The Essential Nature of Media Relations

Businesses are like living organisms. They are created, they grow and they evolve, which means their approaches to media relations must similarly develop to achieve specific goals at each stage of corporate maturity.

Take a moment to think about your own organization. Is your business still flourishing, characterized by a spirit of entrepreneurialism, flexibility and creativity? Or, has your organization reached a more mature or even stagnant stage, often characterized by a sense of bureaucracy, a controlled environment and a defined hierarchy?

Understanding your organization’s place on the corporate life cycle is critical for developing an effective media relations campaign. Too often, communicators try to secure media coverage for the sake of it. But effective media relations involves a clear, strategic link to your organization’s mission and business goals.

Let me guide you through the process:

Stage 1: Starting Up

Media relations is essential to boosting brand awareness, visibility and credibility for start-up companies. There is a misguided belief among some entrepreneurs that if you build something great, the marketing will take care of itself, and the press will come knocking on your door to learn more.

Unfortunately, the world is littered with companies and products that failed to take hold simply because no one ever heard of them.

Here’s where media relations comes in. Media relations specialists are responsible for cultivating and moderating communications between organizations and various media outlets ranging from niche blogs to major newswires, radio broadcasts and television stations. They can help companies solidify their images and expertise in the marketplace, while developing messaging that resonates among key audiences.

Media relations specialists can also help businesses grow organically. They can craft narratives that will earn the confidence of stakeholders, bankers and potential investors. They can help organizations find and attract top talent. By focusing on media relations early on, companies can start building their corporate reputations, setting foundations that will help them thrive for years to come.

Stage 2: Growth

As businesses reach the next stage of the corporate life cycle, customers and other stakeholders expect to see growth in revenue, staff and the suite of  products and services they offer. Corporate branding becomes more important to ensure all company communications and materials have a consistent theme and message.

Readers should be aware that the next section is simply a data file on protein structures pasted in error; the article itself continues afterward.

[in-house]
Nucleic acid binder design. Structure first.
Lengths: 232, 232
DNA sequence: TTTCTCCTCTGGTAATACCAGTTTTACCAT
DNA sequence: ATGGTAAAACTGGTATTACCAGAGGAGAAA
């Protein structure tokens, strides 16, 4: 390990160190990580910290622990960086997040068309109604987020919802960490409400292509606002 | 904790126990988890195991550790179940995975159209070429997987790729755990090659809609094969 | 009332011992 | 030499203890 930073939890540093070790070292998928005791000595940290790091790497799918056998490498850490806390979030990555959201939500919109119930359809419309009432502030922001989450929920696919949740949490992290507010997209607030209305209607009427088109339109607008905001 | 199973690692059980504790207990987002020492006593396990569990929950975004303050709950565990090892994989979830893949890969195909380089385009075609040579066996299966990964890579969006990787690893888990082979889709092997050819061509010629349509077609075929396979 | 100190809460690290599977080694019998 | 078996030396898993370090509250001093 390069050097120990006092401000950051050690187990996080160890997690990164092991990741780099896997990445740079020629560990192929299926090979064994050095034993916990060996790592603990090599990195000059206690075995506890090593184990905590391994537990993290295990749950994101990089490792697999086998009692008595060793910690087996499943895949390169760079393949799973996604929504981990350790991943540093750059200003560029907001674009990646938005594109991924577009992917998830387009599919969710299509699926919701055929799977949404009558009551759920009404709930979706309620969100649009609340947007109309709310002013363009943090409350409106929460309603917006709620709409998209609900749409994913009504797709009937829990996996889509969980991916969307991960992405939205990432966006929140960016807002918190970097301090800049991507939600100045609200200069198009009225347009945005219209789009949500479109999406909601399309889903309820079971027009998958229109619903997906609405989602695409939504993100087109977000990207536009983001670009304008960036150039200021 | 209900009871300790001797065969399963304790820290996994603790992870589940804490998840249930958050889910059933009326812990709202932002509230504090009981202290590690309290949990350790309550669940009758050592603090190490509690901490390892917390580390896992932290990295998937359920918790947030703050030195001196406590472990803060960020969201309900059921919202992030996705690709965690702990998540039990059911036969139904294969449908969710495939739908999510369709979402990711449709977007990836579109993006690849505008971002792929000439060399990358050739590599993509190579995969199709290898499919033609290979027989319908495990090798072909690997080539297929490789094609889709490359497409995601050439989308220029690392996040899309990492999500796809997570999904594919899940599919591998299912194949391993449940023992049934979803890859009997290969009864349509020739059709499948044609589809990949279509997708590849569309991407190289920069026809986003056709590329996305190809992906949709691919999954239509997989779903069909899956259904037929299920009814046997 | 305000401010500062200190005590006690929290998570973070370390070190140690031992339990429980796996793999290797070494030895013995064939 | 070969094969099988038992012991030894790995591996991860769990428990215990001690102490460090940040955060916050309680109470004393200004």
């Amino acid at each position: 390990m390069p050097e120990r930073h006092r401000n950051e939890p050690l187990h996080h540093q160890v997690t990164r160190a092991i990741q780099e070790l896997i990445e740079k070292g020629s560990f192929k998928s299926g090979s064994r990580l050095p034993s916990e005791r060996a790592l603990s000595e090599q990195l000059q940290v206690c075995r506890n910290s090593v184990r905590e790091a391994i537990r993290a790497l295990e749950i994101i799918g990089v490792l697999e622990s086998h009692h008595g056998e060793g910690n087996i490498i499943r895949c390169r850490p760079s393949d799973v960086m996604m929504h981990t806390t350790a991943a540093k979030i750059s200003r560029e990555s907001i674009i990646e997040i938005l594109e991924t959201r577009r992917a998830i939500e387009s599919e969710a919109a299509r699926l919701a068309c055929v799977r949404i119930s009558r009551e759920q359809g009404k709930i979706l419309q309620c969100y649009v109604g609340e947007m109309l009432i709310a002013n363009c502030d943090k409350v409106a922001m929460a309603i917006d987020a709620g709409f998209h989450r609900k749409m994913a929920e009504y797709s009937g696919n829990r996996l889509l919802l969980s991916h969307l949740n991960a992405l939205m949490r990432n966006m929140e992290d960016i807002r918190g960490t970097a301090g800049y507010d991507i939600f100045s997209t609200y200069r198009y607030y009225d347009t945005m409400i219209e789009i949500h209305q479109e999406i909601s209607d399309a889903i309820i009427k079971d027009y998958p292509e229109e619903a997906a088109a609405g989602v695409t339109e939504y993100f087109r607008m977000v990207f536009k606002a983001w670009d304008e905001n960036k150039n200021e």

And media relations is essential again – not only to communicate that the company is healthy and poised to be even more successful in the future, but also to help drive the bottom-line.

That’s right. If properly targeted and effectively implemented, media relations can support the achievement of even the most aggressive sales and marketing objectives.

By adding calls to action to press releases, social media posts and content marketing materials, media relations specialists can entice prospective customers to make a move, download an app, or rush to drive traffic to a website. Relevant media coverage can also be shared with sales teams who, in turn, can showcase corporate success to their clients.

Stage 3: Prime time

The role of media relations continues to evolve as companies become more mature in their corporate life cycle. Organizations operating at their prime are characterized by employees working toward achieving the company’s vision with a high level of productivity and effectiveness.

Strategic leadership takes on the utmost importance, and media communicators are intimately involved with designing and shaping the company’s narrative. This involves establishing a thought leadership position, and telling the business story to the press in an authentic and authoritative way.The resulting case studies and teaching stories continue to be valuable in sales, negotiations and presentations to key stakeholders.

Does your organization need help articulating its message and building brand awareness? Contact me or follow me on Twitter!

This post was written for Paragon by Ivette Almeida.

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